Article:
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July 2022 Connection

“Preparing the Way”

Beginning in 1958, my grandparents, Melvin and Jane West, began renting a summer cottage in Oak Bluffs, Massachusetts, a small town on Martha’s Vineyard island. As school teachers, they’d take a majority of the summer to travel out there with my dad and uncle in the car’s backseat. They’d spend days on the beach with friends, old and new. After two summers of doing this, my grandparents were
presented with the possibility of buying a cottage in the historical campground. With the help of some friends, they purchased a small cottage at 4 Forest Circle for $1,800. The cottage which is now nicknamed, “Reunion,” was first built in the 1860’s and maintains the essence of that initial design today. Nearly 100 years after this cottage began making memories for families before us, it has, for the last
62 years, been a place for retreat and reunion for the West family.
 
As you read this article, Stephanie, the kids and I are getting back from a 9 day visit to the Martha’s Vineyard cottage and a reunion with my dad’s side of our family. As I’m writing this, it occurs to me that my grandparents, their sons, their grandchildren, and now their great-grandchildren have all enjoyed this place, and will continue to for years – even generations.
 
I reflect on this, not to suffer you though someone else’s vacation stories (who doesn’t love that?), but to ask a meaningful question: are we always aware of the fact that our decisions and actions will have an impact on generations to come? That sounds more ominous that it is intended, but I suspect you get my point. Did my grandparents have any idea that their real estate purchase would become a special – even spiritual – place for our family? Did they know that we’d build memories with our kids there? Did they know that ashes of our beloved would become part of the ground on which the cottage sits? Did they know that other families would begin their own traditions on Martha’s Vineyard because of that
space? I suspect that they did know, and I suspect they’d be pleased to know it worked!
 
The decisions we make today, as well as the actions we take today as a church, are not only accomplishing ministry and mission in the here and now, but preparing the way for the church (the
Body of Christ) that will come after each of us. You see, ministry is rarely looking back at what was (or what we perceive to have been), but rather looking forward. At times, it requires us to take a leap of
faith. At other times, it requires us to change. If we’re willing to take steps to set the stage for the church to come, we are, in a very real way, preserving the faith.
 
Amen. 
Pastor Brian
 
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June 2022 Connection

“Strive for the A”

A few years ago, I initiated a church program called “Strive for the A.” It was a program that challenged people to strive toward a 90% or higher worship attendance during the year. You’ll remember, a 90% or higher was an “A” on a report card, right? That said, no one at the church was keeping official record or sending out report cards, nor was the point to drudge up repressed anxious memories of grade school marking periods, or anything like that. It was simply to encourage regular worship attendance. And so, let me issue the same challenge for the remainder of 2022. Strive for the A!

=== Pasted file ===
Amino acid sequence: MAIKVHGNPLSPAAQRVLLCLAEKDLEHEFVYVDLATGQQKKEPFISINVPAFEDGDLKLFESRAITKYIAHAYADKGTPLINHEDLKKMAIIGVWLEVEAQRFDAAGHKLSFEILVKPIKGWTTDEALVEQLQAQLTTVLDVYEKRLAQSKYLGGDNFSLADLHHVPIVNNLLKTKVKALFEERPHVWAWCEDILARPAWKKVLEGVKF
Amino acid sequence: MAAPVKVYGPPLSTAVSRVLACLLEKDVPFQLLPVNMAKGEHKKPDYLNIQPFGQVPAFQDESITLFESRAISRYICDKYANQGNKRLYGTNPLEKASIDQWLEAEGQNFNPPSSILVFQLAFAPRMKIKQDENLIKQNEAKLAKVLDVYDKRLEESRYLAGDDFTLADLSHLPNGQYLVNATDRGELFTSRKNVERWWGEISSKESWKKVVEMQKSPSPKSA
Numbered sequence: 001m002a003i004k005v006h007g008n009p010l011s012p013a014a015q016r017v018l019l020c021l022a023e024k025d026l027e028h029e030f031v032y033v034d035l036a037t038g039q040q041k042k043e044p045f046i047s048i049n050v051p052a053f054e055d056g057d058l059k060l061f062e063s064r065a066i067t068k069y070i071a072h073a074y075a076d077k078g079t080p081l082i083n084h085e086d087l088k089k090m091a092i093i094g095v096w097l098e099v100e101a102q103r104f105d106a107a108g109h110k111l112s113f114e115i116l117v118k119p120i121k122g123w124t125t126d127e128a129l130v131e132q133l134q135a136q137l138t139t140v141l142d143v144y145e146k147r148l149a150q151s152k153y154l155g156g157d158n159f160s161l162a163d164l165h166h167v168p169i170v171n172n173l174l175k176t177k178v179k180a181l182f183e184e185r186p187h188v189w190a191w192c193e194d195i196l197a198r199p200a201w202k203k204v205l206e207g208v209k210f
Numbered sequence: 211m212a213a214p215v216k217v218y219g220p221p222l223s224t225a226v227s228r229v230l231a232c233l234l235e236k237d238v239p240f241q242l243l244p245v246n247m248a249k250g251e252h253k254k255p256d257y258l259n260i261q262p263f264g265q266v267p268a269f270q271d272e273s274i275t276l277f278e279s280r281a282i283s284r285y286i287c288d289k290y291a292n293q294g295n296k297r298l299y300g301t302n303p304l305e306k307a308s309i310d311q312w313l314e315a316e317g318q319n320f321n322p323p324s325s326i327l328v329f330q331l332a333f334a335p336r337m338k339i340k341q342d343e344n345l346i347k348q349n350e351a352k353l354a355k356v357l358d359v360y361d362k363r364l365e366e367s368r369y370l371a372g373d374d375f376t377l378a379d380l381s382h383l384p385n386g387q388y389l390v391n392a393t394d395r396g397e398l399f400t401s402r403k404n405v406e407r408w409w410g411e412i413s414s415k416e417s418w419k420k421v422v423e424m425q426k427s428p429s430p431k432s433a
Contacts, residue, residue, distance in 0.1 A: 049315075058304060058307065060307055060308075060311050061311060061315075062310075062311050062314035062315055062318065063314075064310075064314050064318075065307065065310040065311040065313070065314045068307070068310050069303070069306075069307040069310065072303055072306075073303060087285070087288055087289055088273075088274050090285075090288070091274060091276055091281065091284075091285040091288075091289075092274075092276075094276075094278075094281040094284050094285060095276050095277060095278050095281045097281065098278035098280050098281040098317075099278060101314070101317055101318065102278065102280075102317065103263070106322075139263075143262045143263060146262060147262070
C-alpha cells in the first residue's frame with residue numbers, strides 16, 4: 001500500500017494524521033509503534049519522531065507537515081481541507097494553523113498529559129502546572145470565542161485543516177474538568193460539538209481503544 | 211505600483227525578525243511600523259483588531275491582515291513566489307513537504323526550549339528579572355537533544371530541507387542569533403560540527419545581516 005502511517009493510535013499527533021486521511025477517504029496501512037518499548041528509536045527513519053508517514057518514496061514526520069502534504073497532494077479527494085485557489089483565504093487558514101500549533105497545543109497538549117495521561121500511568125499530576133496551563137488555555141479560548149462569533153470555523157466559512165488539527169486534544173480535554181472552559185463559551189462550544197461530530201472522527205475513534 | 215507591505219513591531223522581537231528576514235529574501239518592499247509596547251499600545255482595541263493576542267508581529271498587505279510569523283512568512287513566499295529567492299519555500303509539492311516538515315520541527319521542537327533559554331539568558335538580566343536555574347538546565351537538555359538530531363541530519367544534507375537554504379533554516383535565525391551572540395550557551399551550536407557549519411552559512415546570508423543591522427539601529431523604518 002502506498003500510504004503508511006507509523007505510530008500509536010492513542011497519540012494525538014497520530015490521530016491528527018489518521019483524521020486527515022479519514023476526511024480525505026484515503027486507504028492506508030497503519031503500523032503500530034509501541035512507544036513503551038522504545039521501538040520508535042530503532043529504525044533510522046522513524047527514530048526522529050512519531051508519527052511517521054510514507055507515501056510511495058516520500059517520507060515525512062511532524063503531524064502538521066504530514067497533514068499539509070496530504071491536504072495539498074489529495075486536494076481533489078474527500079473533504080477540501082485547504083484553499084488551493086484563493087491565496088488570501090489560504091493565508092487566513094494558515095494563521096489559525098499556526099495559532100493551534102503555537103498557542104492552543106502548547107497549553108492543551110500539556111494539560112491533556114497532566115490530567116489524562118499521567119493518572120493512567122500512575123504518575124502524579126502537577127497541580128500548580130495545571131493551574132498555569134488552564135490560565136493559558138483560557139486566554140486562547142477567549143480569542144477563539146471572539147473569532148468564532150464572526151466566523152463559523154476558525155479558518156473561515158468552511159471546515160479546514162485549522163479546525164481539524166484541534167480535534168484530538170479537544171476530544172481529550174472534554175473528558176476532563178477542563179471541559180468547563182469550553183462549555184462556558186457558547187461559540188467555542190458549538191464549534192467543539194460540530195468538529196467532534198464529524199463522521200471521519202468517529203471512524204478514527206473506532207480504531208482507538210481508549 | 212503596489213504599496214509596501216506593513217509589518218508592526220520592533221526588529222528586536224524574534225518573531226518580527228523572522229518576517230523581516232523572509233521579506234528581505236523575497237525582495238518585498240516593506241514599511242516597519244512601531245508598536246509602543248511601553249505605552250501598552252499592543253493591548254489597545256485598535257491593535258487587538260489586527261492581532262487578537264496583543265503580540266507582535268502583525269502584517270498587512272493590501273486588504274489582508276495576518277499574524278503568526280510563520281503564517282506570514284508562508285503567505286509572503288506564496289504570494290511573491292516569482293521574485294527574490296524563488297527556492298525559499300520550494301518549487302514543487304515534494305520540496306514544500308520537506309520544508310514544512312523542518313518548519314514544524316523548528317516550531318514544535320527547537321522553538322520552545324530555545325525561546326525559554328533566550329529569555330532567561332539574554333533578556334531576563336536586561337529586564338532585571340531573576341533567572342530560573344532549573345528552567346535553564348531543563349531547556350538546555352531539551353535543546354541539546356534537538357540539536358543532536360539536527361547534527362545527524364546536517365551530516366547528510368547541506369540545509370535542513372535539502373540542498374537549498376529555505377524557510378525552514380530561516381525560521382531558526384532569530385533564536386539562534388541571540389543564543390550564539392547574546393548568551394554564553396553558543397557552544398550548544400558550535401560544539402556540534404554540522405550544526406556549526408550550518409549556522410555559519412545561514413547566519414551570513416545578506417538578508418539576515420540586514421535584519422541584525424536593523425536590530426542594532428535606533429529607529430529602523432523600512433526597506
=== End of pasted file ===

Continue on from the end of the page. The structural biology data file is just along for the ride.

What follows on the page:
Some Things to Know:
  • Life happens to each one of us! And you know what I mean by “life.” And so, don’t put an unrealistic expectation on yourself to have perfect attendance. Would it be nice? Sure! Is it practical? Probably not. And so, don’t think that a church usher will show up on your porch if you miss a Sunday or anything like that. This is an encouragement – not a law.
  • Don’t forget that you can still worship with us online. Now, I know that worshiping online just isn’t the same thing as being in-person. Of course it’s not! But it still counts! But gone are the days of having to feel fully disengaged from the church on Sundays when we’re sick or out of town. Remember that you can always worship with us live at 9am on Sundays on our YouTube channel, or throughout the week, any time after that!
  • Even though you don’t have to actually track your worship attendance (in-person or online), I would encourage you to do so anyway. Whether it’s on the notes app on your phone, on a calendar, or even just a piece of paper or notebook, tracking it can help you realize the difference it makes in your life.
 
Why Should I Strive for the A? (you may or may not be asking that question, but just go with me…)
  • First and foremost, community (or congregational) worship is an extremely important part of who we are as Christians and what we do. It is about celebrating our God who loves us more than we can ever fully understand. Worship isn’t something we should feel we have to do. Rather, the goal is that we come to experience worship as something we want to do. That said, building a routine around worship can be very helpful. Some days will require a bit more self-motivation than others, but I’ve never regretted going to worship.
  • Worship is kind of like charging your phone at the end of the day. Sunday worship helps us feel recharged with God’s Spirit. Worship helps us to reconnect with God – plug-in, if you will. When you make worship a regular part of your weekly routine, you’ll start to notice, even more, when you miss a Sunday. It’s much like forgetting to charge your phone at night. The week just starts off…well, off!